Home Culture Books & Authors An author’s trip ‘from diagnosis to survivorship’

An author’s trip ‘from diagnosis to survivorship’

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'Lost and Found in Lymphomaland' by Aviva Rubin
'Lost and Found in Lymphomaland' by Aviva Rubin

In 2013, Aviva Rubin’s greatest fear and her greatest dream both came true.

She was diagnosed with marginal zone lymphoma, and was then asked to write about her experiences in the Globe and Mail. “I’ve always worried about cancer; I’ve always wanted to write for the Globe.”

Now, Rubin, 56, a local freelance writer and blogger who has two sons, has recently completed Lost and Found in Lymphomaland, a memoir about her “trip from diagnosis to survivorship.”

Making people “laugh and cry at the same time”

With a teaching degree and a  master’s degree, Rubin worked in various areas of the Ontario government for more than two decades, including her last stint as a senior health policy analyst at the Ministry of Health.

“I was weirdly over-informed when I got my cancer diagnosis,” she said.

She completed her book about a year after she finished active treatment, although she still receives maintenance chemotherapy, “which is supposed to help stave off the next occurrence. This kind of lymphoma can’t be cured, it can only be treated, so it will be back. No one knows when. Aside from a truckload of fear and anxiety, which now follows me everywhere, I’m feeling pretty well.”

Reaction to her book, Rubin said, has been wonderful and affirming. “It seems I can make people laugh and cry at the same time. A little levity is a good thing when you’re dealing with something as heavy as cancer.”

She didn’t put a lot of thought to writing about cancer, she said. “I just started blogging right away about everything that was happening. I couldn’t help it. It was what I needed to do. All the gory, hard, weird, funny, painful, annoying, boring details. I wanted them out there. A friend suggested I turn it into a book.

“I’m told I capture things that are universal in the experience of cancer – of illness, and of shocking bad things that come along out of nowhere, wreak havoc, and change the course of life forever.”

She said that she is often asked if writing about her experience has been cathartic. “Not really. Nothing about cancer changes because you write about it. I feel hugely grateful for the ability to put the hell of this experience out there, and have people tell me I’ve captured what they’re going through. It’s hard for folks to understand what it feels like. I hope my writing shines a light on that.”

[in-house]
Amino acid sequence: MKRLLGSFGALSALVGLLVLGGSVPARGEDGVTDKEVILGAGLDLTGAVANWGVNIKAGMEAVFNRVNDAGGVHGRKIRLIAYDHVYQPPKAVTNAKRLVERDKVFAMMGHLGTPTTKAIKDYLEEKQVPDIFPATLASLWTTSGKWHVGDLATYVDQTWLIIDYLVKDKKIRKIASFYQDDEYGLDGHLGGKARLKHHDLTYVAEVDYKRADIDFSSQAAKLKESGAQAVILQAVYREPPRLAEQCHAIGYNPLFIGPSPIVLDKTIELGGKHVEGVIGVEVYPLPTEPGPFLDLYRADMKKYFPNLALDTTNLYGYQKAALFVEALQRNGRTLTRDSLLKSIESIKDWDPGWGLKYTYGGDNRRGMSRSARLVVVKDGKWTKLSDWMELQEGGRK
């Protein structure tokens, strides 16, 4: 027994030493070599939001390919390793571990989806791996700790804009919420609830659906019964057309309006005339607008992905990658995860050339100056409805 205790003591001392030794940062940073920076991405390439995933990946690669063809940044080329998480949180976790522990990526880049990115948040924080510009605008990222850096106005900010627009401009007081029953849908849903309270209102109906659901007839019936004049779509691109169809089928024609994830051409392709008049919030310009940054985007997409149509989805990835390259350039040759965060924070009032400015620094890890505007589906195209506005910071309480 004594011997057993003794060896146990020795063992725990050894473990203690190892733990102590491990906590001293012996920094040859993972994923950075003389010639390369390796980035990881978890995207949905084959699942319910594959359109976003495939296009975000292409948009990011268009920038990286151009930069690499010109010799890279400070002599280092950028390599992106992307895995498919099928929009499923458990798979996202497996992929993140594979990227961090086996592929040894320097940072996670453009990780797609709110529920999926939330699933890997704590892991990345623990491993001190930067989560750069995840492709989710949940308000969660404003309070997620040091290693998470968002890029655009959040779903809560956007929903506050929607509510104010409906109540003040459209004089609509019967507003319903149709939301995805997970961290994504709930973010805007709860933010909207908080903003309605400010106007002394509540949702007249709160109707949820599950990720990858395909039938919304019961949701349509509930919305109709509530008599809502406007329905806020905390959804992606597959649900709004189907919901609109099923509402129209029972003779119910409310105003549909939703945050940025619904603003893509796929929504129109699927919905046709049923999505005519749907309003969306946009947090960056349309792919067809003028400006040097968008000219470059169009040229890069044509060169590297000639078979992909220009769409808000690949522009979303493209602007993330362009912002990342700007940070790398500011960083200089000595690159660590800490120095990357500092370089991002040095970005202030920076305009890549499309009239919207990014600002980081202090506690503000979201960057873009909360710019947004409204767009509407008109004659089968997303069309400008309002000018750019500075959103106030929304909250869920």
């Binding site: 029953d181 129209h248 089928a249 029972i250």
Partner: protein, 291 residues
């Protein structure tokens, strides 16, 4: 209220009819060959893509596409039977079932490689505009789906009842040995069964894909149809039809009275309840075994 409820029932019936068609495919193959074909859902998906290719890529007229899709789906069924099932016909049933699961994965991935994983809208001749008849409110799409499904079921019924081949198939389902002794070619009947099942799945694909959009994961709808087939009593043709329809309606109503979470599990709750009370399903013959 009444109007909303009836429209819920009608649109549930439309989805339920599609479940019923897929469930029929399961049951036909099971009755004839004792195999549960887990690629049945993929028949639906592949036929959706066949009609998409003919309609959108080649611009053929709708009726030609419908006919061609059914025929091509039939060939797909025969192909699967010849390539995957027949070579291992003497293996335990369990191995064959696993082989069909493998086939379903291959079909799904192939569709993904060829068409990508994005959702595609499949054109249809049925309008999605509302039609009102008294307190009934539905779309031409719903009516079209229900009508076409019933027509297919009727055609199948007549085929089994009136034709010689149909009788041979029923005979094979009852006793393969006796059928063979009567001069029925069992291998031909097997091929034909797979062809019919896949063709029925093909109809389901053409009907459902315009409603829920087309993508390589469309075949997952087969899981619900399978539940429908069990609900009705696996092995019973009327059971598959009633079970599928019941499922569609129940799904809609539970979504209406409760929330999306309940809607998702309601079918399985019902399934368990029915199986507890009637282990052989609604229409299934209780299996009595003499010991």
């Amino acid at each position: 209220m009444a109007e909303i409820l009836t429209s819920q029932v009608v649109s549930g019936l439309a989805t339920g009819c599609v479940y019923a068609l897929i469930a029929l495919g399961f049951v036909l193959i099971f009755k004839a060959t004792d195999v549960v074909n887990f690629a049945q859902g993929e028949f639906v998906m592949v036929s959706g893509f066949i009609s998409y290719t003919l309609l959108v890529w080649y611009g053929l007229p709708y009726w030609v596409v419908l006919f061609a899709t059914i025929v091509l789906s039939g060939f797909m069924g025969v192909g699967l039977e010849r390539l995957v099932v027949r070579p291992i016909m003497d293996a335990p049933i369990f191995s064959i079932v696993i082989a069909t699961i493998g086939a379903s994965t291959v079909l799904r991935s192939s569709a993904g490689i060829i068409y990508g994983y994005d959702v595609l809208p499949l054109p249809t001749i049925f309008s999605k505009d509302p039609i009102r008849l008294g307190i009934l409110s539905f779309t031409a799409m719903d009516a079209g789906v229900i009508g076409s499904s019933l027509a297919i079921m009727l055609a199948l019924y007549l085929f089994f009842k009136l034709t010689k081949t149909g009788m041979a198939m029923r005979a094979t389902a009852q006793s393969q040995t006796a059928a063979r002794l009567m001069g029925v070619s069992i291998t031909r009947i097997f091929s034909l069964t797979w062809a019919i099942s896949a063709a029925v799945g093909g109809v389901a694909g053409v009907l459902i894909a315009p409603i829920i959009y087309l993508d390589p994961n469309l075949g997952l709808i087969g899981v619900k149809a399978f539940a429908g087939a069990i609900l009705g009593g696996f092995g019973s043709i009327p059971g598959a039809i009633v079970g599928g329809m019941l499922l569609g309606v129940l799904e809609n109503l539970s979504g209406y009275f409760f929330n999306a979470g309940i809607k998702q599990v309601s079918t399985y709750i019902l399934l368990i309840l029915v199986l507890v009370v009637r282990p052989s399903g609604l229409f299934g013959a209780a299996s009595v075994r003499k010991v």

As a patient in Ontario, she said, “I’ve got all sorts of thoughts and comments about improving the health-care system – about administrative mess-ups, errors, misinformation, lack of information between one area and another, waiting and waiting and waiting.

READ: Cancer survivor raises funds for chemotherapy research

“But overall, I’ve been impressed and hugely grateful for the medical and emotional treatment I’ve received throughout this ordeal. We are extremely lucky in this country, in this province, in this city. The Odette Cancer Centre at Sunnybrook [Health Sciences Centre] is full of smart, competent, caring and empathetic health-care providers.

“Cancer, however, is a waiting game. It’s pretty relentless. When it’s not scary waiting, it’s boring and tedious waiting. Once you know what you’re dealing with, diagnosis and treatment-wise, it does get somewhat easier. I tried not to start the worry mill spinning until 24 hours before any results appointment. Sometimes that worked. I surrounded myself with people who had deep pockets of support and patience for me.”

Now that active treatment is done, she said, “things feel somewhat normal – a new normal. I’m back to active hands-on-ish parenting [to her 16- and 12-year-old boys], I’m running occasionally, travelling, having conversations that are not about cancer, enjoying myself, making dinner parties and relaxing, although that’s something I’ve never been good at.”

Lymphoma is always in the corner, Rubin said. “Sometimes I can shove it in the basement of my mind and not look at it, kick it back down the steps when it sneaks up. Me and lymphoma, we’re in it for life. Finding a way to coexist and respect each other’s space is now my greatest challenge.”